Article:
February 2, 2011
Memoirs of a Hungarian resister
Every self-published author thinks he or she has something important to say. It’s rare that the reader agrees, I’m afraid, and rarer still when history or literature is enriched by the author’s effort.
I am happy to report that none of these cautions apply to “Rebel With a Cause: The Amazing True Stories of an Urban Partisan in WWII” by Andrew E. Stevens in collaboration with Meir Doron. (See below for ordering information.)
Like other survivors of the Holocaust, Andrew Stevens managed to find a safe refuge in America after the war. The Beverly Hills businessman, whose name back in Hungary was Steinberger Endre — the family name was given first in Hungarian usage — has been active in Jewish philanthropies, including the sponsorship of monuments to the victims of Nazi genocide, but he has remained mostly silent about his own exploits until now.
With the publication of “Rebel With a Cause,” Stevens is finally telling his own remarkable tale of resistance against Nazi Germany and its Hungarian collaborators.
“I haven’t put my story into writing for 66 years because I did not want to deal with the question that has been troubling my mind ever since: ‘Why did they go to their deaths like sheep to the slaughter?’ ” he explains to the reader. “Why wasn’t the Shoah more of a battle?” Now in his late 80s, “at peace with the knowledge that I will soon leave this world,” Stevens feels “called upon to put everything into writing so that future generations will truly ‘never forget.’ ”
The ordeal of Hungarian Jewry is especially heartbreaking because it came at a time when reports of what was happening in the death camps and the killing fields had already reached the West. “During the first years of World War II, we lived in a fool’s paradise in Budapest,” he recalls. “We were buying time and ignored the time bomb ticking in our ears.” Only in 1944 did the Nazis finally turn their deadly attentions to Hungary.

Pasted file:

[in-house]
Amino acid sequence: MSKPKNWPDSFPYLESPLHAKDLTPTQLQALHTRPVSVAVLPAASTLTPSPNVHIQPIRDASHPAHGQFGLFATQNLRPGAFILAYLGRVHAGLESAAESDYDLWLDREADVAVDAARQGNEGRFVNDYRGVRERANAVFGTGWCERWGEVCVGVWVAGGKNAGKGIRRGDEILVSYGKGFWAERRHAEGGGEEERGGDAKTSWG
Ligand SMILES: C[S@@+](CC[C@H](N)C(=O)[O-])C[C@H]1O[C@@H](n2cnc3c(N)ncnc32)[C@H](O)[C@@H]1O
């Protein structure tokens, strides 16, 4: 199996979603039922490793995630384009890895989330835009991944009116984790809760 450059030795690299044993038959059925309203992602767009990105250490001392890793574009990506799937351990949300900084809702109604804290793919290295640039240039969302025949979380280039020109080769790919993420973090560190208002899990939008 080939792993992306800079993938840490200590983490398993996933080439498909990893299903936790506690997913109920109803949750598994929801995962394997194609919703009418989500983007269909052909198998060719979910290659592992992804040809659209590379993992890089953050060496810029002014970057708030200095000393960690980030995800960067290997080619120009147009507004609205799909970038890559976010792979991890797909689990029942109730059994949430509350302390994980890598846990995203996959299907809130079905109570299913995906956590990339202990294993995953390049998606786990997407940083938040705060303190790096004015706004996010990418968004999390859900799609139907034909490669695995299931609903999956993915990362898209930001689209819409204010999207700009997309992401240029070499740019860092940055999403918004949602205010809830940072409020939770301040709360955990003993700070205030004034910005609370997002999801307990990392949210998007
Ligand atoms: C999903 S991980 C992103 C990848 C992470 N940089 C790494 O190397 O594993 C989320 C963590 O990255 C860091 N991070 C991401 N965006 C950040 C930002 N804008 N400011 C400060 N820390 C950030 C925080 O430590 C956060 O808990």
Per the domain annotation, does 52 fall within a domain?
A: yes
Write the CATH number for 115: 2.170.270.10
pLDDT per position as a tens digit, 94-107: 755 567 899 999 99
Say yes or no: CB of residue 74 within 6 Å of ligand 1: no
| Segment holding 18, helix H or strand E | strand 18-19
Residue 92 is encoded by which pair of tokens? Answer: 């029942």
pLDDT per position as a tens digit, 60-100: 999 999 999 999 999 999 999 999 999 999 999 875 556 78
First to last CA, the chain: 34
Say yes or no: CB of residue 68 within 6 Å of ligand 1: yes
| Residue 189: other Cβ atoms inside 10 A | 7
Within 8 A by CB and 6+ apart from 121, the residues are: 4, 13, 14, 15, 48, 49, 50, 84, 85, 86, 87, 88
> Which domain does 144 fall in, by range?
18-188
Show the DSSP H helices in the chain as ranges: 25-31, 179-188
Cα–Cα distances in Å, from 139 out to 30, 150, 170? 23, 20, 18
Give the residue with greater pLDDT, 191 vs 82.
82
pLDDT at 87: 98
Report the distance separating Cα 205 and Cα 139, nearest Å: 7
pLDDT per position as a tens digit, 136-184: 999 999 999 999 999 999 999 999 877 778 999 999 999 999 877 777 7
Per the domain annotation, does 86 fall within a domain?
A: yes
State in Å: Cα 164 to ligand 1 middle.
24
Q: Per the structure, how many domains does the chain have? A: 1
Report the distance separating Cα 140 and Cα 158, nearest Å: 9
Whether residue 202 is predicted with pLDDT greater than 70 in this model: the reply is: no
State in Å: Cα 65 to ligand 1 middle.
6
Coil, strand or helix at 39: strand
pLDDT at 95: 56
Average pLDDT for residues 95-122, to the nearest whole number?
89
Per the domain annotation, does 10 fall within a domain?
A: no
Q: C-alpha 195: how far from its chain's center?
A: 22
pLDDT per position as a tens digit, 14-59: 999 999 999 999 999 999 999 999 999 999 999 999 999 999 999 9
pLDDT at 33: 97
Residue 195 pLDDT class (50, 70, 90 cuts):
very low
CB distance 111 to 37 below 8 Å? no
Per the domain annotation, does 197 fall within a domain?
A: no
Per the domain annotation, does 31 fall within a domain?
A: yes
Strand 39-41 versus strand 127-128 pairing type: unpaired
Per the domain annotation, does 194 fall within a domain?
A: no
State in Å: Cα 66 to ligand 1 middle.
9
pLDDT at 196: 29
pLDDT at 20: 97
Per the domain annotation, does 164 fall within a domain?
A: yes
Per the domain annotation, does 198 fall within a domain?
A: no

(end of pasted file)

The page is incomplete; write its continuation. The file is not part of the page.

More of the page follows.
Stevens tells his tale in a parallel narrative consisting of recollections of his return visit to Hungary long after the war and flashbacks to the terrible times when he was “a fugitive in [his] own city,” struggling to avoid the fate that befell so many of his fellow Jews and surviving on physical courage and sheer chutzpah. He managed to escape from the labor battalion in which he was forced to serve, tore off the yellow stripe that identified him as a Jew and searched out the Zionist underground that was finding a way out of Hungary for a precious remnant of the Jewish community.
“This was the moment that defined my own purpose in this terrible war,” Stevens writes. “In the middle of the ongoing catastrophe, I experienced a moment of joy, and finally felt that I had power over my own life.”
Stevens adopted a new identity as a Christian — he donned an eye patch and a bloodstained bandage in order to feign battle injuries as a “wounded war hero” — and undertook a new job as a forger and smuggler of documents. “Each of these documents can save the life of yet another Jew!” he was told by his comrades. Some of these forgeries are reproduced in the book along with photographs of the handsome young man who created them — an archive of documentary evidence and, at the same time, a thrilling war story, full of intrigue and suspense, including a daring escape under fire from the Hungarian fascists who aided the German army of occupation in finding and killing Jews.
Stevens’ testimony includes firsthand glimpses of some famous historical figures, including Hannah Senesh and Raoul Wallenberg. When Stevens asked why he had been chosen to carry documents from the forgery workshops to Wallenberg, he was told: “You and him, both of you are fearless.” Yet Stevens confesses that he is still haunted by memories of the atrocities that he witnessed while making his way through the streets of occupied Budapest, and he has not yet found an answer to his agonized question about the apparent passivity of so many victims of the Holocaust.
“They sneak up on me without warning,” he writes of those memories and those questions, “most of all at night and in my dreams, but also during daylight hours, when I sit down with my family for dinner or spend time with my children, in the middle of a Rotary meeting, or at the height of business negotiations.”
The book that Andrew Stevens has written and published can be approached as an intimate family memoir, as the eyewitness testimony of a Jewish partisan, and as the courageous act of a man who has chosen to confront his own demons. For all of these reasons, “Rebel With a Cause” is one self-published book whose author has earned the right to put his own words into print.
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